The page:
17. The method according to claim 16, wherein step 1 includes heating said first length of said tubular blank to a temperature of approximately 1250 degrees Fahrenheit.
Description
BACKGROUND OF THE INVENTION

The present invention relates to an axle for heavy vehicle applications, and more particularly to forming an integral bearing shoulder in a tubular axle.

As a part of the production of axles, a shoulder is required as a back-up for the bearings which are assembled to the axle. The bearing shoulder is a stepped-up section of the spindle and is typically formed intermediate the spindle and axle diameter. The bearing fits onto the spindle at each end of the axle and the shoulder supports the bearing.

There are several known methods to produce this shoulder. One method is to manufacture an axle from a solid bar of steel. The entire axle, spindle and shoulder are directly produced from the steel bar. Other methods manufacture the axle as a tube with spindles welded to each end. These spindles also have a shoulder forged into them to provide the bearing support.

Yet another method is to form the spindle onto the end of the tubing and weld a collar onto the formed spindle to produce the bearing shoulder. This has proven to be an effective method for the production of semi-trailer axles. However, a machined component and a welding operation are required. Although practical, this does increase the finished axle cost.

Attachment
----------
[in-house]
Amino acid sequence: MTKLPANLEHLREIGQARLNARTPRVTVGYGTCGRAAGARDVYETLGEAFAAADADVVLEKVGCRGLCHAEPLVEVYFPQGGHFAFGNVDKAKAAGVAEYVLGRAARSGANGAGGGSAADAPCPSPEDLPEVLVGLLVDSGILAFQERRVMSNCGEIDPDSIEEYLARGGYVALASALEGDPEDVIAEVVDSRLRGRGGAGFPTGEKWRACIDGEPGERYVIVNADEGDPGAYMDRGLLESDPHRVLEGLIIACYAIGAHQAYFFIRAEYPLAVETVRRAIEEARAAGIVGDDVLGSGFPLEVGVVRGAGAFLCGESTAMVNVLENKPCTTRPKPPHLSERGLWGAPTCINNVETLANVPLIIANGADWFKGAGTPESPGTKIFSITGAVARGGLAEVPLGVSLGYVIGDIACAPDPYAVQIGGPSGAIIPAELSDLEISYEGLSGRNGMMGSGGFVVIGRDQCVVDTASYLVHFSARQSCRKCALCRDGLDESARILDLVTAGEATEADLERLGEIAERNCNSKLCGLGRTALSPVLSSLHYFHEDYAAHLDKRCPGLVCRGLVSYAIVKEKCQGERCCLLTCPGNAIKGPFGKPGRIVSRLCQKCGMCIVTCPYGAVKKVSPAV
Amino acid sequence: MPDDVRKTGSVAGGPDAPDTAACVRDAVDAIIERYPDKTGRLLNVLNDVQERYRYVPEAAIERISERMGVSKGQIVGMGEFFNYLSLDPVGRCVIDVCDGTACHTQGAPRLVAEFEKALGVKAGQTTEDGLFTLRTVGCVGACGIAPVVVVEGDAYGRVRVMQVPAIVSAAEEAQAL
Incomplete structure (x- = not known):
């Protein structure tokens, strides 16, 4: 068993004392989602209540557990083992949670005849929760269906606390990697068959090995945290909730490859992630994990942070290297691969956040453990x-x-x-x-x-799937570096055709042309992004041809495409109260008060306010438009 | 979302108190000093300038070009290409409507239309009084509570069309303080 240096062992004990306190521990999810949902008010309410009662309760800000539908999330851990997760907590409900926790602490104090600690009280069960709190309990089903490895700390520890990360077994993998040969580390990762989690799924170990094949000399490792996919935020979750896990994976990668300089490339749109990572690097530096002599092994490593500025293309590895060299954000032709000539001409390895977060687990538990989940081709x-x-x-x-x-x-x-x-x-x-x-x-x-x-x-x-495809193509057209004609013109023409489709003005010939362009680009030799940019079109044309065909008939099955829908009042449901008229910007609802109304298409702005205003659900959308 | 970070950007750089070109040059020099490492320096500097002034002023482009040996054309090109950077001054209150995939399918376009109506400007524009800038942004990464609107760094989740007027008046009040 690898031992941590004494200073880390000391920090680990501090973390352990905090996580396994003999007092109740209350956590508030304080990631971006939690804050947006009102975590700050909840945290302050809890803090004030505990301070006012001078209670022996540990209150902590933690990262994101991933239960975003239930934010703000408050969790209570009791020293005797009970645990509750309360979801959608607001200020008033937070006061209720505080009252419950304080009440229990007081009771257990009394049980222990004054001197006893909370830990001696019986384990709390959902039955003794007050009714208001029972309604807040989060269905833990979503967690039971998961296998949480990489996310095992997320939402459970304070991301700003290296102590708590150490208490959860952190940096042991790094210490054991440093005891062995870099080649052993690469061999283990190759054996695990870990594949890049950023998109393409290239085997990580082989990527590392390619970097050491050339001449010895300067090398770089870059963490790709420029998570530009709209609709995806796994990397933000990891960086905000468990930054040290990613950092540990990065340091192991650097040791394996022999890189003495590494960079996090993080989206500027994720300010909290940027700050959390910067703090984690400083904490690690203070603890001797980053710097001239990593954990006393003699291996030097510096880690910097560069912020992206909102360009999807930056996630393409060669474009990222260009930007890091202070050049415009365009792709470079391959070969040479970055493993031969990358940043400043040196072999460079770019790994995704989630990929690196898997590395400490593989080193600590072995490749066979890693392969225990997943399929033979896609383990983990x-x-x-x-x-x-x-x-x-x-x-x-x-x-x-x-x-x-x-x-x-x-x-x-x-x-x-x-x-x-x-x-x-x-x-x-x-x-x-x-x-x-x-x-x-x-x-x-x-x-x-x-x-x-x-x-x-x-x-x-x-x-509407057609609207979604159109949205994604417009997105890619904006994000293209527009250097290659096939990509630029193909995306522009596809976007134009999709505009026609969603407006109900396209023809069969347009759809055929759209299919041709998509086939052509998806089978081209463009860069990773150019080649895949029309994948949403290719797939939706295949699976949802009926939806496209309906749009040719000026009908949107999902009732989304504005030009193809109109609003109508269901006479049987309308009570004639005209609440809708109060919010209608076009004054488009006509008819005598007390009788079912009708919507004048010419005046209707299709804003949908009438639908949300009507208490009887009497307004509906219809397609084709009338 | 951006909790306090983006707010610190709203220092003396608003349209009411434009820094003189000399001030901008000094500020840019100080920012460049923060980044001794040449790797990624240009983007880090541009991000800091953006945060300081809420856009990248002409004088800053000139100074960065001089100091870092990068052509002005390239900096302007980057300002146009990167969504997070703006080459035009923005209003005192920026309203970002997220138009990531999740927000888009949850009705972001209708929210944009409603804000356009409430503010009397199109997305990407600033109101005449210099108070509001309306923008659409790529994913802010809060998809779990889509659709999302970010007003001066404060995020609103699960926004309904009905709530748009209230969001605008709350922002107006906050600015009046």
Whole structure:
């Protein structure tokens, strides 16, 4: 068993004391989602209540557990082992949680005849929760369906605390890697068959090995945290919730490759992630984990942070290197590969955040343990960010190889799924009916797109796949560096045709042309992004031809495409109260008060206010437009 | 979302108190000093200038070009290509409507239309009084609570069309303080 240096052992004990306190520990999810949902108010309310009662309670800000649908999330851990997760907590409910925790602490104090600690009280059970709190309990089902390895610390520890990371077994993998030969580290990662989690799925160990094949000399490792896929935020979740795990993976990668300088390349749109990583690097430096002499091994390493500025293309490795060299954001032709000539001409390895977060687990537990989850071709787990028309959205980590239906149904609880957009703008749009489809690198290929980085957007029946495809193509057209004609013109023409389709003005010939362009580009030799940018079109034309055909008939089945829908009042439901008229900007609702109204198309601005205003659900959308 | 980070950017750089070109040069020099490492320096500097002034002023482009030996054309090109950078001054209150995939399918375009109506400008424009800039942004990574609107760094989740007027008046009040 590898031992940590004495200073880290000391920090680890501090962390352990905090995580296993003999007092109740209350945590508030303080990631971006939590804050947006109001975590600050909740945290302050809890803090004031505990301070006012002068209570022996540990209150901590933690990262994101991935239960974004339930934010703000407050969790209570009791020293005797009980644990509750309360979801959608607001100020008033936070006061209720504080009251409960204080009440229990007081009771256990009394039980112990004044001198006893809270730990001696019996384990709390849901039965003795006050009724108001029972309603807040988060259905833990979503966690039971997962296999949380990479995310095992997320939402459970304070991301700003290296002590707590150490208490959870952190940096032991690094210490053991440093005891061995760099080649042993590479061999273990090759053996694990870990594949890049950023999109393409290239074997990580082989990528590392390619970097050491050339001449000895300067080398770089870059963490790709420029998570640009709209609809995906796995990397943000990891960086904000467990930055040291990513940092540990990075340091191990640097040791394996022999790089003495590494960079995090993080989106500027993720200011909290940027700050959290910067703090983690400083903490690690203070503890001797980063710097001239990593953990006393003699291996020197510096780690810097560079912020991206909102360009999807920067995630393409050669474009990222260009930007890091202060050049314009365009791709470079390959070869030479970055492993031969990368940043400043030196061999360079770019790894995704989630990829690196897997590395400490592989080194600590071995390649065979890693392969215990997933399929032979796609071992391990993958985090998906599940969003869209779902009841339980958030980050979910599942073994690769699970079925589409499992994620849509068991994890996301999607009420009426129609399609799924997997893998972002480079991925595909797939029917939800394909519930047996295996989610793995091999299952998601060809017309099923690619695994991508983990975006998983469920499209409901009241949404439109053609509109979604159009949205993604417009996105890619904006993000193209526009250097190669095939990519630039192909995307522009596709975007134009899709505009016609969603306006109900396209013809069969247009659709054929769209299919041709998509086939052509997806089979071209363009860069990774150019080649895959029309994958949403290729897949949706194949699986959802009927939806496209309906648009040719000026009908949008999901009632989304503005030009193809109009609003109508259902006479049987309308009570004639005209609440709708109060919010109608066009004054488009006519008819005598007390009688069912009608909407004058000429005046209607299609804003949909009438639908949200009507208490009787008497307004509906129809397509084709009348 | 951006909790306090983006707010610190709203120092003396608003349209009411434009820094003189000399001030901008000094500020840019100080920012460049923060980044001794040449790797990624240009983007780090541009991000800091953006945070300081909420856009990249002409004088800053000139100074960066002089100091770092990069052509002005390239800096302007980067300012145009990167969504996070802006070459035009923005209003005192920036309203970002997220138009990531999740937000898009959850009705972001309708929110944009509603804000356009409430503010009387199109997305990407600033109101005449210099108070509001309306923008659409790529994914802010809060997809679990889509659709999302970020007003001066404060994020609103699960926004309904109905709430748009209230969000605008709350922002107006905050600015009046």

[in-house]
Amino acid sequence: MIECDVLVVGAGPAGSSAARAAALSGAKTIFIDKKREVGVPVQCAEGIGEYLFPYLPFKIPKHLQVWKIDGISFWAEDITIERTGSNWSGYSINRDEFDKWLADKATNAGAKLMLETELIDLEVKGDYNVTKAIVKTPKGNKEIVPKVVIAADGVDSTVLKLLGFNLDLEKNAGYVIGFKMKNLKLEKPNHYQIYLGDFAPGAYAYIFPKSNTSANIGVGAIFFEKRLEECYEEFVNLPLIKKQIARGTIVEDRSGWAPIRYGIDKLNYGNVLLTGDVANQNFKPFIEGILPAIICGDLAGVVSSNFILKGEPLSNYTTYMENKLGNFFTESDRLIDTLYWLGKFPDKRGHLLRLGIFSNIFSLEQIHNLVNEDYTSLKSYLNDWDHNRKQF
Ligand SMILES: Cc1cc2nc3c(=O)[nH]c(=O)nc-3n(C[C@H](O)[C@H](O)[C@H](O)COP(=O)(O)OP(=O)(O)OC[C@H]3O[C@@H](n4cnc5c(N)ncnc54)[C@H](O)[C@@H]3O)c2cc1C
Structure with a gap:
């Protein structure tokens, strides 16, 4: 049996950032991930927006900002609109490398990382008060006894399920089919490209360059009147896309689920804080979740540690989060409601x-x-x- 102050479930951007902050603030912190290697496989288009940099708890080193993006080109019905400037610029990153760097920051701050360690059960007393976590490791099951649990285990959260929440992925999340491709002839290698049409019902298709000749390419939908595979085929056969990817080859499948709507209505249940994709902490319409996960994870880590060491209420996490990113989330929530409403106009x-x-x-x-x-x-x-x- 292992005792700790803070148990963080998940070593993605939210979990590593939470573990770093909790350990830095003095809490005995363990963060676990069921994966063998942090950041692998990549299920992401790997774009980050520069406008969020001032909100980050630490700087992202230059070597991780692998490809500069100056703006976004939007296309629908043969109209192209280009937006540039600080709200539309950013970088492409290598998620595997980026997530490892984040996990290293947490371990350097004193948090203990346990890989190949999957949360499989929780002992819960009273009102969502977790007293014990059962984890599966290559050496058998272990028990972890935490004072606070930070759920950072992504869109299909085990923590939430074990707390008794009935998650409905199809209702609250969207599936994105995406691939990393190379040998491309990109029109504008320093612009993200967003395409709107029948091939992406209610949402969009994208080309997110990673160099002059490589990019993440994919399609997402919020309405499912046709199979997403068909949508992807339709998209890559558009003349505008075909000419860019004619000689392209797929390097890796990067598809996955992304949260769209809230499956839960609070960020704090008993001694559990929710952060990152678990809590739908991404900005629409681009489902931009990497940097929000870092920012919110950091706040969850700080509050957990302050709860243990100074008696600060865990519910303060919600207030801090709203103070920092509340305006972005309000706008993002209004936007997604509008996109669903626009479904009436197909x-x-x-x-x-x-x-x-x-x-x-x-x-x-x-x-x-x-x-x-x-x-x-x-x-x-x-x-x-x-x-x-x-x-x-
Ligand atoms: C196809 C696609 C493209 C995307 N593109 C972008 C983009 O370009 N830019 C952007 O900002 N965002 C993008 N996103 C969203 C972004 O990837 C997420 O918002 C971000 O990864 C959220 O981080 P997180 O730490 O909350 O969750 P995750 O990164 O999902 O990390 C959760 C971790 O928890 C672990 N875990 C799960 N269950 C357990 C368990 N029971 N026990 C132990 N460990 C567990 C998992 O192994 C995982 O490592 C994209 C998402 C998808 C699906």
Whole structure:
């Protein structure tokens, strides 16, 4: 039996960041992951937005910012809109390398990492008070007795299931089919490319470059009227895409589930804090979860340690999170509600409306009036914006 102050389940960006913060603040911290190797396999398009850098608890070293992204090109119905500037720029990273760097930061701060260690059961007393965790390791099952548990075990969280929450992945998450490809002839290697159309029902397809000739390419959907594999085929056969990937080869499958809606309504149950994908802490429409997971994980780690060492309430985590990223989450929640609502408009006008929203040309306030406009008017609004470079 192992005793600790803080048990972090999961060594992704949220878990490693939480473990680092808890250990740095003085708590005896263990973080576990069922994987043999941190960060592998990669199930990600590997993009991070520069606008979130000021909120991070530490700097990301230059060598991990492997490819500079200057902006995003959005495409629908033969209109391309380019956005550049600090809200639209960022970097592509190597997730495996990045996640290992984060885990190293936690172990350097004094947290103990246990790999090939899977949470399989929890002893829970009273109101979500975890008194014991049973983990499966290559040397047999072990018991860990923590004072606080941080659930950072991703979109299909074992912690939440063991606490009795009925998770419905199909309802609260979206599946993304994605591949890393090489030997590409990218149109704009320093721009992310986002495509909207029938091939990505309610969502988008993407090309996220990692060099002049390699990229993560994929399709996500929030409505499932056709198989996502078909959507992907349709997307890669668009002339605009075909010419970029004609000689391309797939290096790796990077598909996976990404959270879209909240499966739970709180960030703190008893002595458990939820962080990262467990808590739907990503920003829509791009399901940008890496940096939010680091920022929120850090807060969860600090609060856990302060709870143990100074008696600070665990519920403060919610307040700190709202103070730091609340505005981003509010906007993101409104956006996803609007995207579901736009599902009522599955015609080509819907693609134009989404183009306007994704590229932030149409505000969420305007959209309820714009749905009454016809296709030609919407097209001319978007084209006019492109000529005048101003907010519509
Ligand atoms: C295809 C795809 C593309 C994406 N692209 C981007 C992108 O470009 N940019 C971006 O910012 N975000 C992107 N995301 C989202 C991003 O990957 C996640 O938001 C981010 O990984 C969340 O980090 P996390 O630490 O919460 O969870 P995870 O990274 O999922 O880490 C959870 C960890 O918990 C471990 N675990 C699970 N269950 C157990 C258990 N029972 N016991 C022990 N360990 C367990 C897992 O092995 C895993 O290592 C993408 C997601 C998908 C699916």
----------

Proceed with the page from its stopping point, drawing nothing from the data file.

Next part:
Attempts to form the shoulder directly from axle tubing have required the use of temperatures in excess of 2000 degrees Fahrenheit in a localized area. This temperature is above the transition temperature of steel which has previously not allowed the use of heat treated tubing. The non-heat treated tube must be subjected to a quench and temper operation after forming to provide a tube having the desired strength for an axle. This increases the manufacturing complexity and also increases the finished axle cost.

Accordingly, it is desirable to provide an economical method for forming a tubular axle having the bearing shoulder directly formed into the tubing.

SUMMARY OF THE INVENTION

The method according to the present invention provides a tubular axle having the bearing shoulder directly formed into heat-treated tubing. The method generally includes a heating operation, a preform operation and an upset forming operation.

The first operation in forming the tubular axle is the heating of a length of the tubular blank. The first length is heated to a temperature less than 1500 degrees Fahrenheit, and preferably to a temperature of approximately 1250 degrees Fahrenheit. By heating the tubular blank to a temperature less than the transformation temperature of steel (which occurs at approximately 1500 degrees Fahrenheit) the present invention allows the use of heat treated steel without loss of the heat treated properties.